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Figure 4: Binding isotherms of MepR and selected ligands. (A through D) MepR-binding isotherms to various lengths of cognate DNA from the mepA promoter. (A) MepR binding to a 44-bp site encompassing the entire mepA promoter DNase I footprint. (B) MepR binding to a 26-bp site of the mepA promoter that has been truncated from the 3′-end. (C) MepR binding to a 22-bp site of the mepA promoter that has been truncated from the 3′-end. (D) MepR binding to a 31-bp site of the mepA promoter that has been truncated from the 5′-end. (E) MepR-binding isotherms to a 26-bp DNA binding site from the mepR promoter. (F) Nucleotide sequence of the mepA promoter. The –10 and –35 elements of the promoter are shown in bold and labelled and the transcription start site (TSS) is indicated as a bent arrow. The pseudo-inverted repeats of the promoter are shown by horizontal arrows and the signature GTTAG motifs are underlined. The boundaries of the 22, 26 and 31-bp sequences used in the binding studies are indicated by blue, red and purple rectangles, respectively. G–I, MepR-binding isotherms for three ‘drugs’. (G) The MepR-Et-binding isotherm. (H) The MepR-DAPI-binding isotherm. (I) The MepR-R6G-binding isotherm. The change in polarization, shown in red circles and indicated in millipolarization units (mP), was plotted against the MepR dimer concentration indicated inside each plot. The binding constants are shown in each plot. The chemical structure of each drug is shown below the respective binding curve.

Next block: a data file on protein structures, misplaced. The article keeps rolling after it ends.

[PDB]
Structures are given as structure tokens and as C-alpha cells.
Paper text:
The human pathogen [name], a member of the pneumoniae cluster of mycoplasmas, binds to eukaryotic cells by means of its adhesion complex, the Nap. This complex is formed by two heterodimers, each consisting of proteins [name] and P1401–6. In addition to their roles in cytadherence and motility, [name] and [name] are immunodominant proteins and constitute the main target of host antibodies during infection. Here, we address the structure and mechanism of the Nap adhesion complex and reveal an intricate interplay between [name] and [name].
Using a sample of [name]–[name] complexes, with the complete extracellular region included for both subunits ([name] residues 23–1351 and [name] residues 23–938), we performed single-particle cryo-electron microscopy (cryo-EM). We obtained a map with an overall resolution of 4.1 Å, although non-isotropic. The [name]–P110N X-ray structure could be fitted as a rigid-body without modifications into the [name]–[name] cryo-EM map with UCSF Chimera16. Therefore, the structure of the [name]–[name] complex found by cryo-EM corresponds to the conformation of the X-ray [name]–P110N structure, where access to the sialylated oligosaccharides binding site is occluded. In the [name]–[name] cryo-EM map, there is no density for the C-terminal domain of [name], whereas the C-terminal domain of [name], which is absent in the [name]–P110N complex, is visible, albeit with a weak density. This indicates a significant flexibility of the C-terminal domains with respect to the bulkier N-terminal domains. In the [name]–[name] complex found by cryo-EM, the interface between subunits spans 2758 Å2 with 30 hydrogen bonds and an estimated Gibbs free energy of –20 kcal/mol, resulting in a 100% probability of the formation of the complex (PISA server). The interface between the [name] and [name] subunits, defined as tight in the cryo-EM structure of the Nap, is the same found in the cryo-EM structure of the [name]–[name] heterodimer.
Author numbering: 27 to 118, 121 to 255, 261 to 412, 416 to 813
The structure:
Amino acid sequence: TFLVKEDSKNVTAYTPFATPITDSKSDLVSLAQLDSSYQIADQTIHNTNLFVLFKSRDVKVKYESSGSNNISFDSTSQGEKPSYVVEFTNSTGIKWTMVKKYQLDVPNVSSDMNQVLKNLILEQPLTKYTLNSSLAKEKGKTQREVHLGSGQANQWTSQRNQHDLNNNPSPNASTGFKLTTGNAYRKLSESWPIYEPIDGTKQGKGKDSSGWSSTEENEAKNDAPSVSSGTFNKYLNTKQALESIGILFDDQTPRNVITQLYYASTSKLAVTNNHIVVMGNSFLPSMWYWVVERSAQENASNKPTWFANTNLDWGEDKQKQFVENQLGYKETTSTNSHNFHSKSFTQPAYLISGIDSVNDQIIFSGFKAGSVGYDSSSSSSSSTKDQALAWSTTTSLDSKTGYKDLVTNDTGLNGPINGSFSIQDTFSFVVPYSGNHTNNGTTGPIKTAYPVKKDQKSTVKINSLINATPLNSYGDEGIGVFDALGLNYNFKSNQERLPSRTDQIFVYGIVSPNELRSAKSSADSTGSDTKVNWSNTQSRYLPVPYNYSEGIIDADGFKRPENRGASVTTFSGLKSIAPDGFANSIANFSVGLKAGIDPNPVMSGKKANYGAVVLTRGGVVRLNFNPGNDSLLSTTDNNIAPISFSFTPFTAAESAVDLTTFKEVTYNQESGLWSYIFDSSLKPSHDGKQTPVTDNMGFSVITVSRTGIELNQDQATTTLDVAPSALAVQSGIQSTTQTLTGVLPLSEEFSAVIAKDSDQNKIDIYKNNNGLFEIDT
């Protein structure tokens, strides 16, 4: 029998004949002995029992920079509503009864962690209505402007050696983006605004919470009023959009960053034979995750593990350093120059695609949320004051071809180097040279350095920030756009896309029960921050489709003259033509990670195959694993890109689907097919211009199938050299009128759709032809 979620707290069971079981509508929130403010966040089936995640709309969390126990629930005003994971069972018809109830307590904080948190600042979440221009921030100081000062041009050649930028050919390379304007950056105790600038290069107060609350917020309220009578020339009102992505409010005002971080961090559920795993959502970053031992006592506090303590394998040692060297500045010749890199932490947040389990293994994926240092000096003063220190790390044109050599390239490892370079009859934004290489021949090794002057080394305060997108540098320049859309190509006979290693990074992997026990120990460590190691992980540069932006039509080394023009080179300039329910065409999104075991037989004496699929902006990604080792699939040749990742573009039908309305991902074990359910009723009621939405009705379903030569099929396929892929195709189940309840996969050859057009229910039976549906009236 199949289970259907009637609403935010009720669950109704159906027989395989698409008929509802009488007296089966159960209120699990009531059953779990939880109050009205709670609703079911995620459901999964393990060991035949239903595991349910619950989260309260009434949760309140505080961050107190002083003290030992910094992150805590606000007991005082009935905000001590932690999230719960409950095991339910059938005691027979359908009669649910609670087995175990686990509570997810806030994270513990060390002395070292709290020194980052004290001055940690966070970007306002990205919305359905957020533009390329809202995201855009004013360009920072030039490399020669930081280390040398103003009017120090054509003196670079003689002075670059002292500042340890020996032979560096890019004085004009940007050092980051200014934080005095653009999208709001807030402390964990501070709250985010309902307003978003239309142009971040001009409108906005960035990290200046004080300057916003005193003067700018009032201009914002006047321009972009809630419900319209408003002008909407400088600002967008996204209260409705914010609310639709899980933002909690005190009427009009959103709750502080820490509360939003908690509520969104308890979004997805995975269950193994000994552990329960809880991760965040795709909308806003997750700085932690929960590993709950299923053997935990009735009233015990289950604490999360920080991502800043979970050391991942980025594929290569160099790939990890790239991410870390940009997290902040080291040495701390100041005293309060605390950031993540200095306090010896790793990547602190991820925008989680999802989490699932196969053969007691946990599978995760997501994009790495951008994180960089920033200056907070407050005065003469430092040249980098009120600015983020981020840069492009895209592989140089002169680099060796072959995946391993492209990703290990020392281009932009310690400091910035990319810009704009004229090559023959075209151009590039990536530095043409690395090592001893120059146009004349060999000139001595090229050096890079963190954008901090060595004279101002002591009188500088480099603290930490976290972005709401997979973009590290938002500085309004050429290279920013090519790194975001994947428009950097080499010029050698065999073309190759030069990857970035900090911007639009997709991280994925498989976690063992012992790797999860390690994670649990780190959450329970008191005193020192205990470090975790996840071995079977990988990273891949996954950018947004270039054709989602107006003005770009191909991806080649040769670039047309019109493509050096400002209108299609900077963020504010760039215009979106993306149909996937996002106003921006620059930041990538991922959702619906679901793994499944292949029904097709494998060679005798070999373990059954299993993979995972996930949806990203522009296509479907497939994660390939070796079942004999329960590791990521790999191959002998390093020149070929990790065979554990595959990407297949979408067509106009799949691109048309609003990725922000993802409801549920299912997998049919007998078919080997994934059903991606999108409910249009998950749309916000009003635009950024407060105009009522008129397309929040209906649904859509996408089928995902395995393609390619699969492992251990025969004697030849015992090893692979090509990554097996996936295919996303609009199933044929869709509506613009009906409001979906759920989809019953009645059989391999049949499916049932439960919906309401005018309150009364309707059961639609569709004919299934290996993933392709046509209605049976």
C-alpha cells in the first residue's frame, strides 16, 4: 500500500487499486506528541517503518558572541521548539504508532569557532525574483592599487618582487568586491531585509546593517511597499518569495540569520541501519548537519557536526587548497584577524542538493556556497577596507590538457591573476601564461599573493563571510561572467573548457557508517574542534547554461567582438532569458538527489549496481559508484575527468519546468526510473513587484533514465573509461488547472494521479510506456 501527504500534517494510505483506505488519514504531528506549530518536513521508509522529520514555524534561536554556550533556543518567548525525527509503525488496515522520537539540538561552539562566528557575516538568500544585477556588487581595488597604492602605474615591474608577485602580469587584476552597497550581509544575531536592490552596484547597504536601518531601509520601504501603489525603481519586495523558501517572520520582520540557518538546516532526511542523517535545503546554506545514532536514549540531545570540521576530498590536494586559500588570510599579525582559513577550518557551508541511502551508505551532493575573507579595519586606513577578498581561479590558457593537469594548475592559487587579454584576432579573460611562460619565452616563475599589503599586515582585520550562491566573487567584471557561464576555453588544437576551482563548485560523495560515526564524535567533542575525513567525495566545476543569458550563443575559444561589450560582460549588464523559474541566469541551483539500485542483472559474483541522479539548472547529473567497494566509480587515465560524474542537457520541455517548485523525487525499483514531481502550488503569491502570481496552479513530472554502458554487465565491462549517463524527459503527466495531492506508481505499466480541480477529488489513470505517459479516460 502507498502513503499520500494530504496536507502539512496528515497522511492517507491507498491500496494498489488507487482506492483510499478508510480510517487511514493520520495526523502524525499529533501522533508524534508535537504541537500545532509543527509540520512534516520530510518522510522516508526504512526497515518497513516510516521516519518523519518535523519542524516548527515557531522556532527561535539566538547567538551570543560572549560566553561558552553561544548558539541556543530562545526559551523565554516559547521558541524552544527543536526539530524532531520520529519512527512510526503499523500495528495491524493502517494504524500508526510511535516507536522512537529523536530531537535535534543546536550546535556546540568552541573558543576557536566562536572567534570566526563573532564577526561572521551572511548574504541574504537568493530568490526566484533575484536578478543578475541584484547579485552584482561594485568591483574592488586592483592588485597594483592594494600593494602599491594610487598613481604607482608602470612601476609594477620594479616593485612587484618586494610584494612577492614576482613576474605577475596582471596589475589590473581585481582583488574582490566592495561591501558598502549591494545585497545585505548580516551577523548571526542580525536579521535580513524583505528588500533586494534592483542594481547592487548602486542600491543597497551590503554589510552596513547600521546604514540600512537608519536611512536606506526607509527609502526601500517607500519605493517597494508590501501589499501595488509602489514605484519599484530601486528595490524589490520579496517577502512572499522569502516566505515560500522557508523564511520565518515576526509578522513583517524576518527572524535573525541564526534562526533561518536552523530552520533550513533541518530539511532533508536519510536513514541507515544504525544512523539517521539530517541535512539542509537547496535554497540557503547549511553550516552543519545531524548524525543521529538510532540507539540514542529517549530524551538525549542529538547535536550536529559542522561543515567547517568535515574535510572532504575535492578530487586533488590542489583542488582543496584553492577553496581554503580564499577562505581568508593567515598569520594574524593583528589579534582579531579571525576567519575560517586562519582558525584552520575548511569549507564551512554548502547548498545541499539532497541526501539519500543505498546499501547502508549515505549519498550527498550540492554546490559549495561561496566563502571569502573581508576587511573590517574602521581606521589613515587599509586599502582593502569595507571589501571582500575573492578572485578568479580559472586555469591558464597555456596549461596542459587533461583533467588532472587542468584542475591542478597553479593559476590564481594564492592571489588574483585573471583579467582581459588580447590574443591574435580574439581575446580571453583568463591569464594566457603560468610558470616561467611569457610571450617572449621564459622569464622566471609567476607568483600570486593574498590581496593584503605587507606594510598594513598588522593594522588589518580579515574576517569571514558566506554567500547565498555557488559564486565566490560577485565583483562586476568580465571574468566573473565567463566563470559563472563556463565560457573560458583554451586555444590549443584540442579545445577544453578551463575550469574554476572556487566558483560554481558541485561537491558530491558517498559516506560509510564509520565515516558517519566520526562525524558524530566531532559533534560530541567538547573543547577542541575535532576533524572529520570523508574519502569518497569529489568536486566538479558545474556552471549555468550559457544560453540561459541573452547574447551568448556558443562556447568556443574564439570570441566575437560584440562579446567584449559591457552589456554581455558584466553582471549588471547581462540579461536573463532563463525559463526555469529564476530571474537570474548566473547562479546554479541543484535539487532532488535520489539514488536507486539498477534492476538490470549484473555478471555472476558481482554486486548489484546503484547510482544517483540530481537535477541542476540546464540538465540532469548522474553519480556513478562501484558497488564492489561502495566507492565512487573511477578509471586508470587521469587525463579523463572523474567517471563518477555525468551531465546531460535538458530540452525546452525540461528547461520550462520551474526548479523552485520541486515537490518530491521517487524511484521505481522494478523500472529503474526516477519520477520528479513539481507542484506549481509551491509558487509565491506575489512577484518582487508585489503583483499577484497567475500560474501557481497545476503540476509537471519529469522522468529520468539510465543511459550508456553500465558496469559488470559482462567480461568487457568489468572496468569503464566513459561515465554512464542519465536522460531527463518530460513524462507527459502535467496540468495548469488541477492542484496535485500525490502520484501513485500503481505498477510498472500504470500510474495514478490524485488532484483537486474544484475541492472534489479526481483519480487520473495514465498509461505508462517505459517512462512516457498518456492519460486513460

Mentions: In order to determine the minimal sequence required for MepR binding, fluorescent polarization-based DNA-binding assays were carried out with various lengths of oligodeoxy-nucleotides, which encompassed the proposed MepR-binding sites in the mepA and mepR promoters. Results from the titration experiments indicate that MepR binds to a 44 bp duplex covering the ‘full’ MepR footprint of the mepA promoter with a dissociation constant (Kd) of 6.3 nM (Figure 4A). Interestingly, truncation of downstream sequences had little effect on MepR binding whereby the dissociation constant for a 26 bp oligodeoxynucleotide, which does not include 18 bp from the 3′-end of the 44 bp site, was only ∼2.4-fold lower (Kd = 15.3 nM) than that of the complete mepA site (Figure 4B). Removal of four additional base pairs further impairs MepR binding to the mepA site another 3.3-fold (Kd = 46.4 nM) but binding remains relatively tight with only a cumulative ∼7-fold loss in affinity as compared to the 44 bp site (Figure 4C and F). By contrast, deletion of eight base pairs from the 5′-end of the 44mer causes a greater than 30-fold reduction (Kd = 186.9 nM) in the affinity of MepR for the mepA-binding site (Figure 4D). DNA-binding experiments with the 26 bp MepR-binding site from mepR promoter also showed high-affinity binding (Kd = 24.3 nM) that essentially matches the affinity of the tested 26-bp fragment from the mepA promoter and is only ∼4-fold lower than that of the full 44 bp mepA site (Figure 4B and E). Thus, the previously observed differential response to drugs, i.e. the slower release of MepR from mepR operator site, does not appear to correlate well with MepR–DNA-binding affinity and suggests that MepR binds to mepA and mepR-binding sites somewhat differently, whereby subsequent drug binding to MepR when bound to mepR promoter is less effective in induction than drug binding to MepR bound to mepA-binding site.Figure 4.